Through the centuries, there have been many royal visits to the Archbishops’ Palace in Bishopthorpe. The twentieth century alone has seen a number of royal guests passing through the famous gateway but, as they have been private visits, photographs of the events are few and far between. However, we are lucky that Jill Black, one of our Australian bishdotnet readers, decided to sort through her photo albums and found a snap of Princess Elizabeth descending the steps of the Palace. Jill contacted us to ask which year this could have been.
The photograph snapped in 1949 which winged it’s way from Australia. It shows Princess Elizabeth and the Duke of Edinburgh leaving the Palace after taking tea with Archbishop Garbett, who is standing on the left.
Having searched through old newspapers, we know that Princess Elizabeth and the Duke of Edinburgh made their first official visit to Yorkshire from 26 – 28 July 1949. The last day of that trip was spent in the City of York looking round the Minster and lunching with the Lord Mayor at the Mansion House. During the afternoon, the young couple, who had been married for less than two years, toured the new Carr Estate at Acomb. From there, they were driven to Bishopthorpe Palace where the villagers were “allowed” to gather within the grounds as far as the clock gateway. The local Brownies, Guides and other children lined the drive waving flags and streamers at the royal visitors.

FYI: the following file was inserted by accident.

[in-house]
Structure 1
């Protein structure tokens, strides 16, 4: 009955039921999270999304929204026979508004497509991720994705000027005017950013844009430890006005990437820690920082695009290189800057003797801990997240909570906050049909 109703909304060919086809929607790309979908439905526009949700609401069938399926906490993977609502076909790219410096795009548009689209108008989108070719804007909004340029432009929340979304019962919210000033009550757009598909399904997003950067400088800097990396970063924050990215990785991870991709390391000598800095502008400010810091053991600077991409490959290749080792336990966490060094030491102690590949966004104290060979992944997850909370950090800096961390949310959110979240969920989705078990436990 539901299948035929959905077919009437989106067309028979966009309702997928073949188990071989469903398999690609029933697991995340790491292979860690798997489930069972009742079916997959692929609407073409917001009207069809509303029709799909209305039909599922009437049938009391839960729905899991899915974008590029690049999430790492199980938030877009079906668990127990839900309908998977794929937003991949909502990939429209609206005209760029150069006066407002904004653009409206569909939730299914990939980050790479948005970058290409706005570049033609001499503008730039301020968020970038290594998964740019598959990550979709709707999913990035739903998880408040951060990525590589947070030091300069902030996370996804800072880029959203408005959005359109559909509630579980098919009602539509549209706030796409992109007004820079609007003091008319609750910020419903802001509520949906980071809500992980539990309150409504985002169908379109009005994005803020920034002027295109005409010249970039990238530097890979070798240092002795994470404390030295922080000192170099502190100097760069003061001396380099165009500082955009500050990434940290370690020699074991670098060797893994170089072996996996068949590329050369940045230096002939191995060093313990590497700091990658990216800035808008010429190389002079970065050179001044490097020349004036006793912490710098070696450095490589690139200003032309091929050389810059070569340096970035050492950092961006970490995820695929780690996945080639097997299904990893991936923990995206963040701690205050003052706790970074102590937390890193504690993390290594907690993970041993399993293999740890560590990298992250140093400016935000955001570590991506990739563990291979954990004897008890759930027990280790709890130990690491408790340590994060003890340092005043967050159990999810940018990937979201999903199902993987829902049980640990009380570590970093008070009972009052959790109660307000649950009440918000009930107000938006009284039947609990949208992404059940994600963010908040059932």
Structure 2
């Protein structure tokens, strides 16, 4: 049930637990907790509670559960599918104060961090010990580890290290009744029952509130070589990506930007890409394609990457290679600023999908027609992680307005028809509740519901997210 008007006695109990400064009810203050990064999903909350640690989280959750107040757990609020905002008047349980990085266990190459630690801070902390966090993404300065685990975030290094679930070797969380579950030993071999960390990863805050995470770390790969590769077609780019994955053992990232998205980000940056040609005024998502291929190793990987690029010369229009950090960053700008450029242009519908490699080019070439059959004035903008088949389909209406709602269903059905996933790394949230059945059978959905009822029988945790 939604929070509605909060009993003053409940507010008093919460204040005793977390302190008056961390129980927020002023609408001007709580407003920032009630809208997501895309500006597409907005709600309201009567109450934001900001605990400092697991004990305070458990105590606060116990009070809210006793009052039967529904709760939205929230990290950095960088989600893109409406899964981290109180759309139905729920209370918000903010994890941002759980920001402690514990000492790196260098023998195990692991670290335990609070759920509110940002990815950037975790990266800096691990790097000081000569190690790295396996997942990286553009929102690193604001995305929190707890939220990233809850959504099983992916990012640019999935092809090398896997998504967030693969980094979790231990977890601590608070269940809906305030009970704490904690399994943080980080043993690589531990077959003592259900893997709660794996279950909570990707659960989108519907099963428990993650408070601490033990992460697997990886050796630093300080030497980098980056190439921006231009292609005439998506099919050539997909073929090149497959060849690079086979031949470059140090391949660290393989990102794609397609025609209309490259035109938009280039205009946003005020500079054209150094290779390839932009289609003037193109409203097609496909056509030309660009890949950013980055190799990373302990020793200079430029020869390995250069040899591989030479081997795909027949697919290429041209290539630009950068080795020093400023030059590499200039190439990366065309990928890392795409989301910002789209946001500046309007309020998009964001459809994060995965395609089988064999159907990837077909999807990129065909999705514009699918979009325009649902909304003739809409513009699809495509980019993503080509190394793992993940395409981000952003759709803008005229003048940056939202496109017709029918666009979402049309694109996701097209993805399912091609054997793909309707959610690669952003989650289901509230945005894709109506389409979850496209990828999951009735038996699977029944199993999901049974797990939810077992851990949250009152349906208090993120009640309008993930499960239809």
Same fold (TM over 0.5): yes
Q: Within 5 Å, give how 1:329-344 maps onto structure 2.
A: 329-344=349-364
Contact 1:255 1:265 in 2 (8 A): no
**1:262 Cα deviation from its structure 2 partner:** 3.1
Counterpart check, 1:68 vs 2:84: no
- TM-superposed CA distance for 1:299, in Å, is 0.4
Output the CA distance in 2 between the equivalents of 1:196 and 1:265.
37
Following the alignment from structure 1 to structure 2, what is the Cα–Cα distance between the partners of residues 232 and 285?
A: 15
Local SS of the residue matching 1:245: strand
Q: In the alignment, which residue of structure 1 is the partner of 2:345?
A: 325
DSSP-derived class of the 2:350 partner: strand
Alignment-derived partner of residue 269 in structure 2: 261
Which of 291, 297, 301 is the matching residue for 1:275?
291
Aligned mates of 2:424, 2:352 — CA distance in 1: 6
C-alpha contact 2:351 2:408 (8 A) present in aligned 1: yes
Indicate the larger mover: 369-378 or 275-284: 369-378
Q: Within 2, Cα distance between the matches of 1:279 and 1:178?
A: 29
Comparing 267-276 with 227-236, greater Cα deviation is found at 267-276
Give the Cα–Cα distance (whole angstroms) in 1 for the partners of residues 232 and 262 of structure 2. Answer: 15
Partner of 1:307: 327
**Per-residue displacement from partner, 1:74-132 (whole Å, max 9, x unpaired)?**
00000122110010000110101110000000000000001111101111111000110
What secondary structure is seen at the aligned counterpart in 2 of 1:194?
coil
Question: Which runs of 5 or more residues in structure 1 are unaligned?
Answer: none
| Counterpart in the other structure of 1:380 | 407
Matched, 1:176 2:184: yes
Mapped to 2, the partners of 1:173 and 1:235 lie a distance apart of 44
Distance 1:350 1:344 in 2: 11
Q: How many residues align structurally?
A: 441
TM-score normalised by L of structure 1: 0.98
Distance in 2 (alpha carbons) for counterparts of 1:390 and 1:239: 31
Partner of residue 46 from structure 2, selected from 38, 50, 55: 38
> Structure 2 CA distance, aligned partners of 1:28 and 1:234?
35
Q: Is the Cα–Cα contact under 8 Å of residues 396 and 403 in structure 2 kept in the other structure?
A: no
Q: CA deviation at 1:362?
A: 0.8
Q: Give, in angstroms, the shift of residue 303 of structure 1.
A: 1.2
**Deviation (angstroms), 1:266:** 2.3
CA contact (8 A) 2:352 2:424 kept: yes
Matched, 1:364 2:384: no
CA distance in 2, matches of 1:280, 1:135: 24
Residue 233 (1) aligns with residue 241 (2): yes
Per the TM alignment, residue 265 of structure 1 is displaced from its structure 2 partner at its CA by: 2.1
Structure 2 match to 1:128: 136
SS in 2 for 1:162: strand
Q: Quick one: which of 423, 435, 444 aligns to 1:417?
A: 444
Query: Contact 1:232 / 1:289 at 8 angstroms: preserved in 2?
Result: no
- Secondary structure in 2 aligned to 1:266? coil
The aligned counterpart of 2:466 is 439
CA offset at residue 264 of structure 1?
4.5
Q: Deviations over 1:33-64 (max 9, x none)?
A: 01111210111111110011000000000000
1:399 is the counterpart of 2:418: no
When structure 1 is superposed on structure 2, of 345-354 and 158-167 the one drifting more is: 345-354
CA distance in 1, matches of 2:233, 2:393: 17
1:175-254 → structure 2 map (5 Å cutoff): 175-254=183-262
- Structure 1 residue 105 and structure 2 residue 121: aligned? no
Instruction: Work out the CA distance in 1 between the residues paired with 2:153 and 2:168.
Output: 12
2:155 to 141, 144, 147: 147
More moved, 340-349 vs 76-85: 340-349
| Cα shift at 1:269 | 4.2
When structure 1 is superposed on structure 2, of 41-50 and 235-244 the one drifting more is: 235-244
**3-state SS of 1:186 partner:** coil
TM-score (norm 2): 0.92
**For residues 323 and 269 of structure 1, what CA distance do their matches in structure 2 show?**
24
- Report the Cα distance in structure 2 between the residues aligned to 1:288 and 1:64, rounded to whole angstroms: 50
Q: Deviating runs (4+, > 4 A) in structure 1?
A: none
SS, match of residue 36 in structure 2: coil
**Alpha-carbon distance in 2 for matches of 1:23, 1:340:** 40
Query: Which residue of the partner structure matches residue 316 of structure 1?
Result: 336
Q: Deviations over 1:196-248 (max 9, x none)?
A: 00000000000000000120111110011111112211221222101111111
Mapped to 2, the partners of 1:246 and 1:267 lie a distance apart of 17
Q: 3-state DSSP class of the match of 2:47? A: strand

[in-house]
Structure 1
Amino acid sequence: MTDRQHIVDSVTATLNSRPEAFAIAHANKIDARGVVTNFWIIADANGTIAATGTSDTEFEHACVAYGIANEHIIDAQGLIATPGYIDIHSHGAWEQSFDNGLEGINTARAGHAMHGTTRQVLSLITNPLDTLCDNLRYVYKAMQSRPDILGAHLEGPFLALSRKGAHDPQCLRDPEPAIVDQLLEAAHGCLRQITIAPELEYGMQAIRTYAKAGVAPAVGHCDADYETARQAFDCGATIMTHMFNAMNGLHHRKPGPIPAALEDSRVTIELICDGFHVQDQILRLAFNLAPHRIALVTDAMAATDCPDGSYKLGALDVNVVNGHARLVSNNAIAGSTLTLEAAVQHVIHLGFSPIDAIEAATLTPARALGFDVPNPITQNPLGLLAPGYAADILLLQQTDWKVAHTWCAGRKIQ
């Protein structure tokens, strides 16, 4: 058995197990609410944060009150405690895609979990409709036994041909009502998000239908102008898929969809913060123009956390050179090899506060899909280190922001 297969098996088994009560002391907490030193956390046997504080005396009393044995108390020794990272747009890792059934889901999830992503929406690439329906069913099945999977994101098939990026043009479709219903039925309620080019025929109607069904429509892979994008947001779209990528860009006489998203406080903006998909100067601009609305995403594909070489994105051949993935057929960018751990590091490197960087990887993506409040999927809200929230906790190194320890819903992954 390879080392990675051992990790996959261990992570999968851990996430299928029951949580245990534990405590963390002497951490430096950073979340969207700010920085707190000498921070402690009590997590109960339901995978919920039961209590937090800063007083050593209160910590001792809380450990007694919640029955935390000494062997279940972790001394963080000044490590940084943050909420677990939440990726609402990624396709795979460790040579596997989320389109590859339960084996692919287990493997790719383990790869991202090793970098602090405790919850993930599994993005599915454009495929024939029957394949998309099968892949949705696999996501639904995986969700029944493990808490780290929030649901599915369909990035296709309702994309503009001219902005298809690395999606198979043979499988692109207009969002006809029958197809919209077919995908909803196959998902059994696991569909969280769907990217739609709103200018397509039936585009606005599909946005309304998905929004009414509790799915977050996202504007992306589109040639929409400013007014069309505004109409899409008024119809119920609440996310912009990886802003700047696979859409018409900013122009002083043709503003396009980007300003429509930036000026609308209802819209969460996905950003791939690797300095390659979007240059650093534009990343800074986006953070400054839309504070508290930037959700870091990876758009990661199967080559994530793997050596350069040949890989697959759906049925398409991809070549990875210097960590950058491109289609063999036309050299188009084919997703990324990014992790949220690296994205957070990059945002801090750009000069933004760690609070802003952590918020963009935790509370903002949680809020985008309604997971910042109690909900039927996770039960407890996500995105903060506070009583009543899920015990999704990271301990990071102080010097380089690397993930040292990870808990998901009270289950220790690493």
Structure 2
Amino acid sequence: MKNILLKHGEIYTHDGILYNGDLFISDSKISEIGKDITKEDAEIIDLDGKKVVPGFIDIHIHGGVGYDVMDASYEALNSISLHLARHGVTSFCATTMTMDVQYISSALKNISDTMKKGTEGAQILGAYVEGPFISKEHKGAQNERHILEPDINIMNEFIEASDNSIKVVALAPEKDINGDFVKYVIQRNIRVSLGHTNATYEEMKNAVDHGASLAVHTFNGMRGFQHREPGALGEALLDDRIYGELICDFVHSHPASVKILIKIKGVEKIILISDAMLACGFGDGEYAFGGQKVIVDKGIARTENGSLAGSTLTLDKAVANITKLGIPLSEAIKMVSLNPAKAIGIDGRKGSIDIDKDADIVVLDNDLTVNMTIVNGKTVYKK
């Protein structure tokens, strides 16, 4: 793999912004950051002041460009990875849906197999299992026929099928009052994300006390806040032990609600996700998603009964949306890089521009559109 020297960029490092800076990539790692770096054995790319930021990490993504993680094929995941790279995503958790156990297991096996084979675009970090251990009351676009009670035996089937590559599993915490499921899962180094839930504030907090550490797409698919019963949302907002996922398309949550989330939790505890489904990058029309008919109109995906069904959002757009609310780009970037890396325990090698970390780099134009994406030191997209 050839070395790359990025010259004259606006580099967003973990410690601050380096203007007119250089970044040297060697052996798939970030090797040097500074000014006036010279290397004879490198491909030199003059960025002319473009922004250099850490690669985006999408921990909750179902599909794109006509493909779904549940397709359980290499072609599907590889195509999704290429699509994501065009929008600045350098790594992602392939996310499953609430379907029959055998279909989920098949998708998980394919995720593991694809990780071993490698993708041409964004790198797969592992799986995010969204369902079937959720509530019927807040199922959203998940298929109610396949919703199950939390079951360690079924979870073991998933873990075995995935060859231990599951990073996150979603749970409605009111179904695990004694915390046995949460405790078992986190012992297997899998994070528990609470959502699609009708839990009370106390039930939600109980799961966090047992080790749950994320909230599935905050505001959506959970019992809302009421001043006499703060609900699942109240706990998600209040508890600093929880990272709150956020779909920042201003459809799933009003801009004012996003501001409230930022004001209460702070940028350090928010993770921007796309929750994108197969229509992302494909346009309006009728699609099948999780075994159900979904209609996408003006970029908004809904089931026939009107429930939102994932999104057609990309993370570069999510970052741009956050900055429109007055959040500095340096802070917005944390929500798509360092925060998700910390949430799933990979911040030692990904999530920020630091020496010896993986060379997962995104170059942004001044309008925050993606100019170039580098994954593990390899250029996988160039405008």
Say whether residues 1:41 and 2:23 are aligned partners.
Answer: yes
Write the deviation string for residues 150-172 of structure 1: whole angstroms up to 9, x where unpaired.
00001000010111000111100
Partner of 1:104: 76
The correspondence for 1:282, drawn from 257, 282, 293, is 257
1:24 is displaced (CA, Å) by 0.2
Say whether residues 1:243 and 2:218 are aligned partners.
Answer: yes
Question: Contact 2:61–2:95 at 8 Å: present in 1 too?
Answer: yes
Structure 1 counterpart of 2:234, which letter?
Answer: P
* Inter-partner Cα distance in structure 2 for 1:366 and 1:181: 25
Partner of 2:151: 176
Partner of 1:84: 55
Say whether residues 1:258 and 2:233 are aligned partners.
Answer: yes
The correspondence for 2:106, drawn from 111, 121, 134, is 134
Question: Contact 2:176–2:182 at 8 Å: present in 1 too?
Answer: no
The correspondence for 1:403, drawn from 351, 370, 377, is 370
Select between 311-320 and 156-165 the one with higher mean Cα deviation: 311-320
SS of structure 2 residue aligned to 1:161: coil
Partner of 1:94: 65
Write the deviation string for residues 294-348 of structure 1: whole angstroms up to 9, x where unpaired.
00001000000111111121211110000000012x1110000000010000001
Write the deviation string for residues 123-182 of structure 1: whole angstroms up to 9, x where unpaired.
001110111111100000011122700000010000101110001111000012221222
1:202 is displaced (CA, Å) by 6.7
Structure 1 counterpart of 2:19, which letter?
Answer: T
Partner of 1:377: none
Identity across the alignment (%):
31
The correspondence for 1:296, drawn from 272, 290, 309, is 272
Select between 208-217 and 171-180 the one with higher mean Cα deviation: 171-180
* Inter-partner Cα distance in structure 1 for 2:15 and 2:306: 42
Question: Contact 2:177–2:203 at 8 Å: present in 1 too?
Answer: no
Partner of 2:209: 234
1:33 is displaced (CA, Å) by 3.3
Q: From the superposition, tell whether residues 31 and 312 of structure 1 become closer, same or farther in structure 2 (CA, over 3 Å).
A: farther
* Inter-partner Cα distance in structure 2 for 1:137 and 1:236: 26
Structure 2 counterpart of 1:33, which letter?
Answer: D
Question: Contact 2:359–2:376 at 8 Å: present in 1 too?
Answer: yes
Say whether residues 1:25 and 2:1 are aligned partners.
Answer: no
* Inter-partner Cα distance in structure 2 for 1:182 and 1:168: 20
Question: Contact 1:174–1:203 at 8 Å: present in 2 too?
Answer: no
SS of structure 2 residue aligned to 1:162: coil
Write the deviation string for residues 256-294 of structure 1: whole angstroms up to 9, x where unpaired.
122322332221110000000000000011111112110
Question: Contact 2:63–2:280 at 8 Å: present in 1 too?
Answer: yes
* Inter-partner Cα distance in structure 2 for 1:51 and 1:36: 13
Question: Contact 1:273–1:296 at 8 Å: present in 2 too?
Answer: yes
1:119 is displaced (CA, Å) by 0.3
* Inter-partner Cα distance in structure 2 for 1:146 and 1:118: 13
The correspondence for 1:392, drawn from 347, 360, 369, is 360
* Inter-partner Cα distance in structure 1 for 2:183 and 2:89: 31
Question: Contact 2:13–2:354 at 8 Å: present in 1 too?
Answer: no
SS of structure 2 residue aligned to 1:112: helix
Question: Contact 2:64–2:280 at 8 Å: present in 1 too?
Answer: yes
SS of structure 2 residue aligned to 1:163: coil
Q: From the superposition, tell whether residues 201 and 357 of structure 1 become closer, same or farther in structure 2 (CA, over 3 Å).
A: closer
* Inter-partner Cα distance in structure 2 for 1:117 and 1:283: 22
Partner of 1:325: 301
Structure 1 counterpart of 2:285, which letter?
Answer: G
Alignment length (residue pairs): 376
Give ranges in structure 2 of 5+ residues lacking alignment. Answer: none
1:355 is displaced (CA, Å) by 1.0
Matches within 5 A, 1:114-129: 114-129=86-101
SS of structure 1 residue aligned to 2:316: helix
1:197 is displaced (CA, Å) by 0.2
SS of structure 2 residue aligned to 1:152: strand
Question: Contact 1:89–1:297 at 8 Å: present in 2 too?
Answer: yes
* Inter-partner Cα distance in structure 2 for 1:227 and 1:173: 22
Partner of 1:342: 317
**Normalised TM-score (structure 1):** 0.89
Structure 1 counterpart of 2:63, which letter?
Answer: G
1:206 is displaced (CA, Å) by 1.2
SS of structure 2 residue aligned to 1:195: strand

This press photograph of some of the children lining the drive, appeared in The Yorkshire Herald. Does anyone recognise him or herself?
The appointment with Archbishop Garbett and his sister was meant to be a quiet, relaxed affair taking tea in the elegant drawing room. The only other guests present were the Archbishop’s private chaplain and secretary. One hour later at 5.30 p.m., Jill Black, who was ten-years-old at the time, watched as her friend snapped Princess Elizabeth taking her leave of the Archbishop on the Palace steps. The Duke can be seen just behind her.
It should be remembered that in the years following the war, fewer people owned a camera compared to now. So, with her Box Brownie, Jill’s friend scooped the press photographers who were kept at some distance.
Jill remembers that, although the photograph was taken from a long way off, they did catch a closer glimpse of the royal party as the car passed them by. Robin Hill, another resident present at the time, noted in his diary that the line of cars travelled “very slowly both coming in [to the Palace] and more especially on leaving for York”. On arrival at York Station, the couple were met by the civic party before catching the royal train for London.
Thanks to Jill and her friend a rare, fleeting royal moment was captured and can now, over sixty years later, be shared with the residents of Bishopthorpe.